Take a glimpse into the hiring manager’s world; the unemployment rate is back down to pre-recession rates of 4.4% and the demand for skilled sourcers is a very real need. Every day we go without hiring a sourcer, puts recruitment managers further behind what they need to accomplish to meet internal metrics. However, that is an even stronger reason as to why hiring managers will not settle for anything less than the best. You want the job, and they need a top-notch sourcer, so let’s talk about how to interview and get that offer successfully!
There is a multitude of traits that a successful sourcer needs to have to be successful. The top qualities for me when hiring is, excellent listening skills, tenacity, and strong problem-solving skills with a competitive nature to help fuel the drive towards goals. These traits are typically possessed by someone that is self-driven, and that sums up what a sourcer is in a nutshell. Sure, we are driven by SLA’s and metrics, but those numbers don’t mean a thing unless we as individuals assign meaning to them. That competitive streak and a passion for what you do helps to fuel the desire to push your recruiting strategies forward and successfully fill the job.
We need to make sure that you stand out from the pack! Let’s talk about how to showcase your strengths in your next interview. You have heard all the advice that’s been given to candidates on how to interview, and we have a pretty good idea of what the hiring manager is looking for, so now how do you bring those to light for yourself? Start off by approaching this interview as you would a sourcing strategy.
What’s our goal?
We need to set yourself apart from the other candidates interviewing. You are going to do that by showcasing what makes you an exceptional sourcer. Now, let’s think about your interviewer. How do you best showcase your strengths to best address their needs? You know your resume inside and out, but can you provide real-life examples with meaningful data behind the story? If the recruiting manager is interviewing you, what is meaningful to them? Yes, they want to know about metrics, but what showcases your value is how you managed a search that did NOT go as initially planned.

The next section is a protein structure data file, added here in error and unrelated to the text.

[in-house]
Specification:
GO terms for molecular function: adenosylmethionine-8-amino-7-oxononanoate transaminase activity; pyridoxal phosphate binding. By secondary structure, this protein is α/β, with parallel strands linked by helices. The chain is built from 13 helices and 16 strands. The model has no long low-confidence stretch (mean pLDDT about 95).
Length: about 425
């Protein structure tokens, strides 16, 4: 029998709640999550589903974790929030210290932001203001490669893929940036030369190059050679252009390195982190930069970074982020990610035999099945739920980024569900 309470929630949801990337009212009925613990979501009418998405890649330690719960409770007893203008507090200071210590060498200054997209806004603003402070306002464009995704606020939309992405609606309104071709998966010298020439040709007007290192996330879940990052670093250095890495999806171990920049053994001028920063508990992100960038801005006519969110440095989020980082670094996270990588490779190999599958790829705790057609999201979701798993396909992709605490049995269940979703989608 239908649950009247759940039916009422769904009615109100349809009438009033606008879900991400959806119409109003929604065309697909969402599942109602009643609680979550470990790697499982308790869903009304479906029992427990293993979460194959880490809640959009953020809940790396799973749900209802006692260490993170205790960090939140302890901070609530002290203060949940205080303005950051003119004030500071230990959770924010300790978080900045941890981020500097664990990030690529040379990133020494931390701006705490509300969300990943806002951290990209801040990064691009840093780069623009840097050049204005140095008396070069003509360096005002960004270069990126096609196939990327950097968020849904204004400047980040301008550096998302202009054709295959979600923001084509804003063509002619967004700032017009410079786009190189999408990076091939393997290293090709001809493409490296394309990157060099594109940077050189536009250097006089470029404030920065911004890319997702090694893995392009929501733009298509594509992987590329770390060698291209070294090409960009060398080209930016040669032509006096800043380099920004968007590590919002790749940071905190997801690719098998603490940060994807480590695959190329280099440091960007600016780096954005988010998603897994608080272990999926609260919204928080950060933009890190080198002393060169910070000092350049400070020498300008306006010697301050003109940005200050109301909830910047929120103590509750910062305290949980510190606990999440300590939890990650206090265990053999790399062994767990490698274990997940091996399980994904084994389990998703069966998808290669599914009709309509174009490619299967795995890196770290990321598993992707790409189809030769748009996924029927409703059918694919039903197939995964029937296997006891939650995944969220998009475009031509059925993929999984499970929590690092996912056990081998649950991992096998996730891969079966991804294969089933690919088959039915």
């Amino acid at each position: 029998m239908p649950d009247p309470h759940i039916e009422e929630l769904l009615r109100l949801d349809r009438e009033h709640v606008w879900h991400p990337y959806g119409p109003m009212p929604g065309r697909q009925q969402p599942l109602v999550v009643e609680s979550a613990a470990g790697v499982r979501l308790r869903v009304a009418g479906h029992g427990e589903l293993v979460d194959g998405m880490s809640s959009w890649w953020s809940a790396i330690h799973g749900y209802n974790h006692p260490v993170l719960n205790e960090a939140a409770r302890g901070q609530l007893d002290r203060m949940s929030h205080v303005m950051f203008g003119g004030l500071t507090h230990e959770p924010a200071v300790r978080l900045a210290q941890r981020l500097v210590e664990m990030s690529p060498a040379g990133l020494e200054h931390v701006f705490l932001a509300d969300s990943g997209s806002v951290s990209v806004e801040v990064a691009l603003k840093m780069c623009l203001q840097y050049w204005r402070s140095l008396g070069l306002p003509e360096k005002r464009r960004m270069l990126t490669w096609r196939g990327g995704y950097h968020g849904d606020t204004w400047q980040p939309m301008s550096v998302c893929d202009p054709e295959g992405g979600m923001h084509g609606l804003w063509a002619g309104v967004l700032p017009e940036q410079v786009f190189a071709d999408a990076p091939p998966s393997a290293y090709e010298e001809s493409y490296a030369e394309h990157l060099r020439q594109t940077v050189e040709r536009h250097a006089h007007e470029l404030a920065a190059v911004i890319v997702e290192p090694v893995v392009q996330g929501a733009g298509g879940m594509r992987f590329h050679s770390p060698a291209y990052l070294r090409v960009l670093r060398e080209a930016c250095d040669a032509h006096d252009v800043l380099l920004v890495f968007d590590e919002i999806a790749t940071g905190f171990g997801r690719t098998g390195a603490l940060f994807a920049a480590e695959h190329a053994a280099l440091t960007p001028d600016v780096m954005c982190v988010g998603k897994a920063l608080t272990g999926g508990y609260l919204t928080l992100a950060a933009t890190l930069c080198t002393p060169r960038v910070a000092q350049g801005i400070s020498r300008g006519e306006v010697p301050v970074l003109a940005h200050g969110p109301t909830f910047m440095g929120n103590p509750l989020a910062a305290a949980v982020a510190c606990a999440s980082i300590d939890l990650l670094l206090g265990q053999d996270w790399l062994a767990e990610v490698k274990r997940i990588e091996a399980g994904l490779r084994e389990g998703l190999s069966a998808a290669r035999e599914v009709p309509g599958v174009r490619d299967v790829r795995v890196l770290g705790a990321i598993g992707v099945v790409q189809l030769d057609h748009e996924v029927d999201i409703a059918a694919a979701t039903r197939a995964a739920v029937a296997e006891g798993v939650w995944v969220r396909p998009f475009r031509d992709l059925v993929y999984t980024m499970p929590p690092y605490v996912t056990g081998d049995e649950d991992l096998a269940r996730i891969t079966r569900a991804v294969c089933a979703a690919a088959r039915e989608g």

Strategy: Listening Skills
Ok, so we have a job search in mind to use as an example. What was your recruiting strategy? Were there any red flags during the collaboration call with the recruiter? If so, how did you handle them? Be able to illustrate a robust, multi-faceted recruiting strategy for your example and what your target metrics were for your time to submit and time to fill.
When did you determine that the search was not going to work as planned? How did you adjust your strategy try to solve it on your own? Did that fix the problem or did you have to escalate it and share the knowledge that you had learned? If so, give examples of how you raised your questions with quantifiable data (e.g., compensation, location or requirement issues, etc.) and possible solutions you proposed going forward. Remember, it is a positive thing to have learned lessons along the way. Not all recruiting strategies work for every job, in every geography. There will be lessons learned, and the most important thing is that you can articulate what they were and how you used them to push forward.
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Contingent Workforce Strategy Survey With ERE and Aptitude Research
Driven to succeed!
How did you end up filling the job and what were the final metrics surrounding it? Keep in mind that the latest SHRM recruiting report showed an average TTF is 41 days and within that, nine days to start the screening process. How did you stack up against those or your company metrics? Express the sense of urgency you had to fill the requisition and how you measured the results you were found to adapt where necessary. Remember to share the good and bad in this story along with the eventual success. Everyone loves a happy ending, but it is the journey that makes us appreciate it.
Turn that interview around! I cannot stress enough how important it is to have questions for your interviewer. It shows that you have an interest in the position, the company and the department. Ask why the role is open, types of jobs you would be supporting, the metrics they currently have for time to submit, time to fill, etc. and finally, ask about the hiring manager’s management style and future career growth. You don’t want just another “job”, you want a career!
Finally, always be closing! Ask for the job, people! If you are interested in the role and want it, say so. Again, they are looking for someone who is driven towards goals. It never fails to impress when a candidate sums up what was listed as important experience for the job, outlines how they met those requirements, tells me that they want the position and why. That level of professionalism and enthusiasm is the perfect end to a great interview.
Take a look at the most recent data from SourceCon’s 2017 State of Sourcing Survey.